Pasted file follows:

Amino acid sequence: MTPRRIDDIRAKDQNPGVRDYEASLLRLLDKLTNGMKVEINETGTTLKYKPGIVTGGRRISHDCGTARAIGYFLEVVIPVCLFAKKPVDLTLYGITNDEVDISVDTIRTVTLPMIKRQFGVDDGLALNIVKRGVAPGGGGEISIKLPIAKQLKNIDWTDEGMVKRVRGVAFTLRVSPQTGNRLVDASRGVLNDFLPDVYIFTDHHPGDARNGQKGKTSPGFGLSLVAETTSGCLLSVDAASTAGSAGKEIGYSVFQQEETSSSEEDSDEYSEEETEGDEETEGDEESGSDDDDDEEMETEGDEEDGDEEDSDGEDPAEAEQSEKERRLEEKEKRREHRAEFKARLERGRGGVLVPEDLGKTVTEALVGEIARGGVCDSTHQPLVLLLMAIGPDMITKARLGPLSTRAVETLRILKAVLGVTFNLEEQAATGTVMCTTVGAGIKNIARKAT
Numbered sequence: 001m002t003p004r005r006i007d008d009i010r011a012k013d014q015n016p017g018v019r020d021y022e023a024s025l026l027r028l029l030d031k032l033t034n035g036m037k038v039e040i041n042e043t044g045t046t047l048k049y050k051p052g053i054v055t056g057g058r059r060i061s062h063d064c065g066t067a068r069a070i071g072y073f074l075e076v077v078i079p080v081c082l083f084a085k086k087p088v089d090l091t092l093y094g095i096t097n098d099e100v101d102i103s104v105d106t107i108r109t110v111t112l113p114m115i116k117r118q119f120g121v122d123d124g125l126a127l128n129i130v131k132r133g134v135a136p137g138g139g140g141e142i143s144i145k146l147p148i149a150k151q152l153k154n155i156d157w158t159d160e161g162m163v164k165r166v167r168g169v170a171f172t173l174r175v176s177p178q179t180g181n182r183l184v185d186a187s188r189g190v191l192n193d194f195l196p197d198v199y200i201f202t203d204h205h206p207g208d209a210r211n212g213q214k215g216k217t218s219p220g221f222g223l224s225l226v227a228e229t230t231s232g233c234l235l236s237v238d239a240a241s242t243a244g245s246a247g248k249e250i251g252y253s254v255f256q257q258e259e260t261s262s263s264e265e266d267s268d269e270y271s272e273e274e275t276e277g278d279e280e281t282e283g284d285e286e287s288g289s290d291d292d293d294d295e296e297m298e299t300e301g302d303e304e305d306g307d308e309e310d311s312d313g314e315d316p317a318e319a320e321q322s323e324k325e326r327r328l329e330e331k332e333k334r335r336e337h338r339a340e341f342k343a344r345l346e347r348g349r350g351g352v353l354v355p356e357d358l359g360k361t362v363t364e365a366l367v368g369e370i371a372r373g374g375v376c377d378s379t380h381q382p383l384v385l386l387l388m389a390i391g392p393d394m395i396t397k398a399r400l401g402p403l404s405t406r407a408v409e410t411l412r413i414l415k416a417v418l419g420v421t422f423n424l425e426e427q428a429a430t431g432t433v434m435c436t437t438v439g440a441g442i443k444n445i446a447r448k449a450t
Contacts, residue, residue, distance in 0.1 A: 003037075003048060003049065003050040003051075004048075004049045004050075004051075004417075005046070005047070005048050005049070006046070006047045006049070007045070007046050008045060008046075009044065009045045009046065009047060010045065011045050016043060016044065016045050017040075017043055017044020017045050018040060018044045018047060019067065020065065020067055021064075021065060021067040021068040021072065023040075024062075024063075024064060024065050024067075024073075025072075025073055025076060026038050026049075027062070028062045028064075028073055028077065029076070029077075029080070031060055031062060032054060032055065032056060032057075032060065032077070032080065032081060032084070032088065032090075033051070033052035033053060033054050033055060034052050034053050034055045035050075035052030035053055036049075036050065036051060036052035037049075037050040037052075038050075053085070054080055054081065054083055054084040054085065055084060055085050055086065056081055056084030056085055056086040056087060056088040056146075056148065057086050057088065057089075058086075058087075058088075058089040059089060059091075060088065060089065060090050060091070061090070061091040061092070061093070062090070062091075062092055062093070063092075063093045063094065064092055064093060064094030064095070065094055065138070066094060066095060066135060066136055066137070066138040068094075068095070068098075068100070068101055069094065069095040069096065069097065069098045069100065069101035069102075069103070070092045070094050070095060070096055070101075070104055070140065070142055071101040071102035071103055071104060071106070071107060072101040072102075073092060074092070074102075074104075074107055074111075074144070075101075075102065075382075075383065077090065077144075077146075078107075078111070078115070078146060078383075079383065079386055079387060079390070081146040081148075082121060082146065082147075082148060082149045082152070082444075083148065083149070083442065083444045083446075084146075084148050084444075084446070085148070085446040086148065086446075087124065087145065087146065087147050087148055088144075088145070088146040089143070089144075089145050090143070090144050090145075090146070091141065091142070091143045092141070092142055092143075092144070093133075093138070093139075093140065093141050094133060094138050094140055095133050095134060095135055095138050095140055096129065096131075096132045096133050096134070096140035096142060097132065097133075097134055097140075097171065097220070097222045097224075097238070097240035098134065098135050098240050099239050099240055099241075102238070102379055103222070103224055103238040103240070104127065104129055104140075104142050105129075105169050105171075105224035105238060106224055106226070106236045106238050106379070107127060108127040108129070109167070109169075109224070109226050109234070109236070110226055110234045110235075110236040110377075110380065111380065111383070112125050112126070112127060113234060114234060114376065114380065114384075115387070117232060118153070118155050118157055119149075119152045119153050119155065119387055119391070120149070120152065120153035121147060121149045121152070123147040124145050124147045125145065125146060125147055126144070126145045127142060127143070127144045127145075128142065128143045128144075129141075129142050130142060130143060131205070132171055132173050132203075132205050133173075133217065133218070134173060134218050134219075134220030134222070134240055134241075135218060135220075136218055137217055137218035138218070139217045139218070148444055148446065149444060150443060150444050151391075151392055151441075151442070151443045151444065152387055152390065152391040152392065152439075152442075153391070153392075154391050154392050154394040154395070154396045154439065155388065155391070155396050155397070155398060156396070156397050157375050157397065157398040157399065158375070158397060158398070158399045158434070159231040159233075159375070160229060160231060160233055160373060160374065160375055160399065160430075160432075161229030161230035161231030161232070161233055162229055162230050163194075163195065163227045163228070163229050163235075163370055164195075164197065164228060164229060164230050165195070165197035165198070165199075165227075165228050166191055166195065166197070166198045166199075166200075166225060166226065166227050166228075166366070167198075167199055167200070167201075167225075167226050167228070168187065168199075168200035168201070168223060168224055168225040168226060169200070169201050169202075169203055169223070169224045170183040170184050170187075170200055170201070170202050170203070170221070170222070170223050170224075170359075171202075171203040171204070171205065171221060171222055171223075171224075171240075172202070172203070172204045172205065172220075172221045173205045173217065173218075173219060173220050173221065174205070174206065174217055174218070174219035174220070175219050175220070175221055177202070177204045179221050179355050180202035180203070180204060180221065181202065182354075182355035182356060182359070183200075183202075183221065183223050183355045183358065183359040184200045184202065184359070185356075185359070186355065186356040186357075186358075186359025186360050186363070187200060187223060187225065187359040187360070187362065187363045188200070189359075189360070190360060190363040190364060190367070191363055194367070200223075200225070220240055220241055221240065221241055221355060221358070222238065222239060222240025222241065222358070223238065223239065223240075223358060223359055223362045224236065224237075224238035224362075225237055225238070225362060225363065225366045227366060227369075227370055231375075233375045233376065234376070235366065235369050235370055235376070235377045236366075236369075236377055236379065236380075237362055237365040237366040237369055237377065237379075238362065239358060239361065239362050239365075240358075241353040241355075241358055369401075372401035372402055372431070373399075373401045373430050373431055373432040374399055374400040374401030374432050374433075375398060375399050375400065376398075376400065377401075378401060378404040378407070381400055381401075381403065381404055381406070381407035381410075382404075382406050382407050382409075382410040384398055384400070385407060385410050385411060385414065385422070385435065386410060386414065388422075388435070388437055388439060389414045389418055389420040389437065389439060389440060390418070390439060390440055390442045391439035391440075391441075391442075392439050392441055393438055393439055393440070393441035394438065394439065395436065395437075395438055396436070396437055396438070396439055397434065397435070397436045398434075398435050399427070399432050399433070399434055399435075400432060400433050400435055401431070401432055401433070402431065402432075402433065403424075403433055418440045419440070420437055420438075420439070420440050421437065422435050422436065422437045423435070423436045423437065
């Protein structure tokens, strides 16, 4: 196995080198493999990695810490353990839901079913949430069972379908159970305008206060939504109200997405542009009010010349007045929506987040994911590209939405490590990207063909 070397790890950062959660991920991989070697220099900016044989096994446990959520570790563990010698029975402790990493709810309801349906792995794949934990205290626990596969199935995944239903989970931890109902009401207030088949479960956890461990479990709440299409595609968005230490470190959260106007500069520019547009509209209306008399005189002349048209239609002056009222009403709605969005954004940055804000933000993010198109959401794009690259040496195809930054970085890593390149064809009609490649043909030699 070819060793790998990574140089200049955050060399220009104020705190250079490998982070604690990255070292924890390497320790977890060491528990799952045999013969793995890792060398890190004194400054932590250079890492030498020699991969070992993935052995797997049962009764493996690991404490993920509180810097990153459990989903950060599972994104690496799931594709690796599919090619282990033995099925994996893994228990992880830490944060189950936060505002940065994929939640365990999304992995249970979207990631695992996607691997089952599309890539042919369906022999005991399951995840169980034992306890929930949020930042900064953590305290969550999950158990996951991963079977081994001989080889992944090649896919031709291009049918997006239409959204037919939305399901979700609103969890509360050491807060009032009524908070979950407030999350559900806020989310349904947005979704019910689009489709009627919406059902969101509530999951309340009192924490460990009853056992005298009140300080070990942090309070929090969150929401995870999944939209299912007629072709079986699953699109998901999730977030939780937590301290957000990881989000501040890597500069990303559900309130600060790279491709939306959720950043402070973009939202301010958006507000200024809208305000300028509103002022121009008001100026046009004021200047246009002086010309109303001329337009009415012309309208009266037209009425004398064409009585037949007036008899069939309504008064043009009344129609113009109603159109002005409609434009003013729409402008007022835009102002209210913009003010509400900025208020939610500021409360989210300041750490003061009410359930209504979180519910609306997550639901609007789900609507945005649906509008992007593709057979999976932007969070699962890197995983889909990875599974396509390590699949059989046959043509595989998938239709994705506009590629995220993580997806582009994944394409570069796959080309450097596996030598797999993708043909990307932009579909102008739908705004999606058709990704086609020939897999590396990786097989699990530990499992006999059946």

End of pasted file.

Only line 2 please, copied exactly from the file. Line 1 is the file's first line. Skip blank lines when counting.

Numbered sequence: 001m002t003p004r005r006i007d008d009i010r011a012k013d014q015n016p017g018v019r020d021y022e023a024s025l026l027r028l029l030d031k032l033t034n035g036m037k038v039e040i041n042e043t044g045t046t047l048k049y050k051p052g053i054v055t056g057g058r059r060i061s062h063d064c065g066t067a068r069a070i071g072y073f074l075e076v077v078i079p080v081c082l083f084a085k086k087p088v089d090l091t092l093y094g095i096t097n098d099e100v101d102i103s104v105d106t107i108r109t110v111t112l113p114m115i116k117r118q119f120g121v122d123d124g125l126a127l128n129i130v131k132r133g134v135a136p137g138g139g140g141e142i143s144i145k146l147p148i149a150k151q152l153k154n155i156d157w158t159d160e161g162m163v164k165r166v167r168g169v170a171f172t173l174r175v176s177p178q179t180g181n182r183l184v185d186a187s188r189g190v191l192n193d194f195l196p197d198v199y200i201f202t203d204h205h206p207g208d209a210r211n212g213q214k215g216k217t218s219p220g221f222g223l224s225l226v227a228e229t230t231s232g233c234l235l236s237v238d239a240a241s242t243a244g245s246a247g248k249e250i251g252y253s254v255f256q257q258e259e260t261s262s263s264e265e266d267s268d269e270y271s272e273e274e275t276e277g278d279e280e281t282e283g284d285e286e287s288g289s290d291d292d293d294d295e296e297m298e299t300e301g302d303e304e305d306g307d308e309e310d311s312d313g314e315d316p317a318e319a320e321q322s323e324k325e326r327r328l329e330e331k332e333k334r335r336e337h338r339a340e341f342k343a344r345l346e347r348g349r350g351g352v353l354v355p356e357d358l359g360k361t362v363t364e365a366l367v368g369e370i371a372r373g374g375v376c377d378s379t380h381q382p383l384v385l386l387l388m389a390i391g392p393d394m395i396t397k398a399r400l401g402p403l404s405t406r407a408v409e410t411l412r413i414l415k416a417v418l419g420v421t422f423n424l425e426e427q428a429a430t431g432t433v434m435c436t437t438v439g440a441g442i443k444n445i446a447r448k449a450t